Deliverables: a categorical approach to program development in type theory
McKinna, James H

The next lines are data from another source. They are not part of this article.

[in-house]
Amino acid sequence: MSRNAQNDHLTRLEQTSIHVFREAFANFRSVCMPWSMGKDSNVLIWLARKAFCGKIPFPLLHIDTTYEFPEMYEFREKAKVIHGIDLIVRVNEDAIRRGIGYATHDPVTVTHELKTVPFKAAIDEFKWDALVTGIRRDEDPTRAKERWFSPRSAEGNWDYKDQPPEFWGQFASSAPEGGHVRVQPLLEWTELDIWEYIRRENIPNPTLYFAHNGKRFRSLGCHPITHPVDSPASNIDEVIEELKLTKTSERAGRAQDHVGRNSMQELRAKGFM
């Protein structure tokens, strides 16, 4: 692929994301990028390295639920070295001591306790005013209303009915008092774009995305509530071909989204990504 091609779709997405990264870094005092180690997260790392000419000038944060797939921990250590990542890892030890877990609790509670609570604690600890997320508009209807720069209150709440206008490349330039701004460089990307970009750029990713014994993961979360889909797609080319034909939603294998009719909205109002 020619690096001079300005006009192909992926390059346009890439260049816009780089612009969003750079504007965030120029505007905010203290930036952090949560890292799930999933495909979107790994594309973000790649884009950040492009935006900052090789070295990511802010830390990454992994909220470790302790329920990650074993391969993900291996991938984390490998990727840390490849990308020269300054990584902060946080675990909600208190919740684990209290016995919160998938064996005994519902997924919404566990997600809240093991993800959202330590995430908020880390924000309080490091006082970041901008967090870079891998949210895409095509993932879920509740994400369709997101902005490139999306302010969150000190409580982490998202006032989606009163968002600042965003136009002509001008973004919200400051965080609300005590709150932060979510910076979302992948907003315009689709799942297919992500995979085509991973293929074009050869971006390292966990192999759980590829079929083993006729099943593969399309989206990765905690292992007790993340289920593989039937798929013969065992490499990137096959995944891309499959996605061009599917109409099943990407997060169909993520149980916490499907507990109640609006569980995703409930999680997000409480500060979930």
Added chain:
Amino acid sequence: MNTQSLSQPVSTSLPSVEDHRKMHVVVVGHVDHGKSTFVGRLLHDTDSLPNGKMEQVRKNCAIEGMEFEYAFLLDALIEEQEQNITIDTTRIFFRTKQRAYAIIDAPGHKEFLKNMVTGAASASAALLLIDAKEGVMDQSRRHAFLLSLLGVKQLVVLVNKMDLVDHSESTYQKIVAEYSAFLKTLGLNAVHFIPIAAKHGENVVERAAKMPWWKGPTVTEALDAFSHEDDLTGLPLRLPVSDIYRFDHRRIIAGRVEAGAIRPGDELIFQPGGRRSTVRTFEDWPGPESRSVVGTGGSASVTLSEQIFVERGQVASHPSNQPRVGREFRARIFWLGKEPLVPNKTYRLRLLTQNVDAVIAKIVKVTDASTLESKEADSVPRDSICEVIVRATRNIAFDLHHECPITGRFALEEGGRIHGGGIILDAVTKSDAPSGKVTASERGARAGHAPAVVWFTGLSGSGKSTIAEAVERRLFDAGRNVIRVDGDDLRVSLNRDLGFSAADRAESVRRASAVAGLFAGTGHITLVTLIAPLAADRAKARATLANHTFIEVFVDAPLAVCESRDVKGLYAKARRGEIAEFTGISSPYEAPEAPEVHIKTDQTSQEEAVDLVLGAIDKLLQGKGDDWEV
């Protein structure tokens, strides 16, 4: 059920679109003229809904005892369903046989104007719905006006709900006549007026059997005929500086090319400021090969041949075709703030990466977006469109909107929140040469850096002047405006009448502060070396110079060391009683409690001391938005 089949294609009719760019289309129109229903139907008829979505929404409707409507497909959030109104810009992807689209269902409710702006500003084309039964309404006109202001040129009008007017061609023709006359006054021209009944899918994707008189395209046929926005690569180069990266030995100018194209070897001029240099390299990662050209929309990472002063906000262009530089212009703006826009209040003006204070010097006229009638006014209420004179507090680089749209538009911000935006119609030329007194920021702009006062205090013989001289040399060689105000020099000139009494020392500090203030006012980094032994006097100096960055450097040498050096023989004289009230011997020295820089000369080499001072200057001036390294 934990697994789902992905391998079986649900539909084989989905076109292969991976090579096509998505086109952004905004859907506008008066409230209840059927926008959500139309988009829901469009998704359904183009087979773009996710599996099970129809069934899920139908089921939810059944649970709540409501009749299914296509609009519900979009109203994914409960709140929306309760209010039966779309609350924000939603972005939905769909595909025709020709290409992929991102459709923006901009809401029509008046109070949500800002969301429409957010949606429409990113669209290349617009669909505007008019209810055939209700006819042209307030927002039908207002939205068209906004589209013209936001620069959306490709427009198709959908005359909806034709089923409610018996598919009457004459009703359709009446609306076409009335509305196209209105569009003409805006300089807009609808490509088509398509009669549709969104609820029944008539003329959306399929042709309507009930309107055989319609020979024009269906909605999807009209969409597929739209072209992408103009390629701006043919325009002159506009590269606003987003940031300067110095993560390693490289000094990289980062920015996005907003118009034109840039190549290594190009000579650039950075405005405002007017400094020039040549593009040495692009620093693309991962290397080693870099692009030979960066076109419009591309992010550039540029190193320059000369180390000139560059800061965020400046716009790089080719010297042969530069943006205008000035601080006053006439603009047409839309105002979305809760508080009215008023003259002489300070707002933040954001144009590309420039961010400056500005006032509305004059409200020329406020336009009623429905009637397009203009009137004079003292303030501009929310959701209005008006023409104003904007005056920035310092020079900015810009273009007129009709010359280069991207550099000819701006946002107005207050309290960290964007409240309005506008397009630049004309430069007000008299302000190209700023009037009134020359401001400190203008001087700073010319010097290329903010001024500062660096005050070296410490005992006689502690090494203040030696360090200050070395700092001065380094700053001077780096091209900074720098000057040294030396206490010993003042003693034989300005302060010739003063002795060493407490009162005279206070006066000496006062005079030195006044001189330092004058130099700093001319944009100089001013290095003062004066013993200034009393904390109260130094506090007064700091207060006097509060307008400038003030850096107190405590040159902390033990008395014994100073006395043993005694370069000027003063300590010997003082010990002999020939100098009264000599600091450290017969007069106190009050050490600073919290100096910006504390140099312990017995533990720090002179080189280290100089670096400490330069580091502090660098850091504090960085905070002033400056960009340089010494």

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This thesis considers the problem of program correctness within a rich theory of dependent types, the Extended Calculus of Constructions (ECC). This system contains a powerful programming language of higher-order primitive recursion and higher-order intuitionistic logic. It is supported by Pollack's versatile LEGO implementation, which I use extensively to develop the mathematical constructions studied here. I systematically investigate Burstall's notion of deliverable, that is, a program paired with a proof of correctness. This approach separates the concerns of programming and logic, since I want a simple program extraction mechanism. The Sigma-types of the calculus enable us to achieve this. There are many similarities with the subset interpretation of Martin-Löf type theory. I show that deliverables have a rich categorical structure, so that correctness proofs may be decomposed in a principled way. The categorical combinators which I define in the system package up much logical book-keeping, allowing one to concentrate on the essential structure of algorithms. I demonstrate our methodology with a number of small examples, culminating in a machine-checked proof of the Chinese remainder theorem, showing the utility of the deliverables idea. Some drawbacks are also encountered. I consider also semantic aspects of deliverables, examining the definitions in an abstract setting, again firmly based on category theory. The aim is to overcome the clumsiness of the language of categorical combinators, using dependent type theories and their interpretation in fibrations. I elaborate a concrete instance based on the category of sets, which generalises to an arbitrary topos. In the process, I uncover a subsystem of ECC within which one may speak of deliverables defined over the topos. In the presence of enough extra structure, the interpretation extends to the whole of ECC. The wheel turns full circle.